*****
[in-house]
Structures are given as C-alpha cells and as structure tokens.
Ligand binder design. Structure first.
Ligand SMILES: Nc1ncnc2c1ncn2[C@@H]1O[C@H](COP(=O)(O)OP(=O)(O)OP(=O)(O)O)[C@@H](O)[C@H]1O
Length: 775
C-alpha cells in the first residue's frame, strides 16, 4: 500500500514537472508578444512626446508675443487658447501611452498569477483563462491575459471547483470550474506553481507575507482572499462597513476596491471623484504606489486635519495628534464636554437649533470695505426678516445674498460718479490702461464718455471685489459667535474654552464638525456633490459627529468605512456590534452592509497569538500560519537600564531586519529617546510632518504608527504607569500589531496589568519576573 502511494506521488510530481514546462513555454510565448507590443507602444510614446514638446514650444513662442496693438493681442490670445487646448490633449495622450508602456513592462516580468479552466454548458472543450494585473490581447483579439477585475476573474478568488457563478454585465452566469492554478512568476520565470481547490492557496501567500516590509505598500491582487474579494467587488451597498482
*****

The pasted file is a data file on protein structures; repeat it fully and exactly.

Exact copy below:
[in-house]
Structures are given as C-alpha cells and as structure tokens.
Ligand binder design. Structure first.
Ligand SMILES: Nc1ncnc2c1ncn2[C@@H]1O[C@H](COP(=O)(O)OP(=O)(O)OP(=O)(O)O)[C@@H](O)[C@H]1O
Length: 775
C-alpha cells in the first residue's frame, strides 16, 4: 500500500514537472508578444512626446508675443487658447501611452498569477483563462491575459471547483470550474506553481507575507482572499462597513476596491471623484504606489486635519495628534464636554437649533470695505426678516445674498460718479490702461464718455471685489459667535474654552464638525456633490459627529468605512456590534452592509497569538500560519537600564531586519529617546510632518504608527504607569500589531496589568519576573 502511494506521488510530481514546462513555454510565448507590443507602444510614446514638446514650444513662442496693438493681442490670445487646448490633449495622450508602456513592462516580468479552466454548458472543450494585473490581447483579439477585475476573474478568488457563478454585465452566469492554478512568476520565470481547490492557496501567500516590509505598500491582487474579494467587488451597498482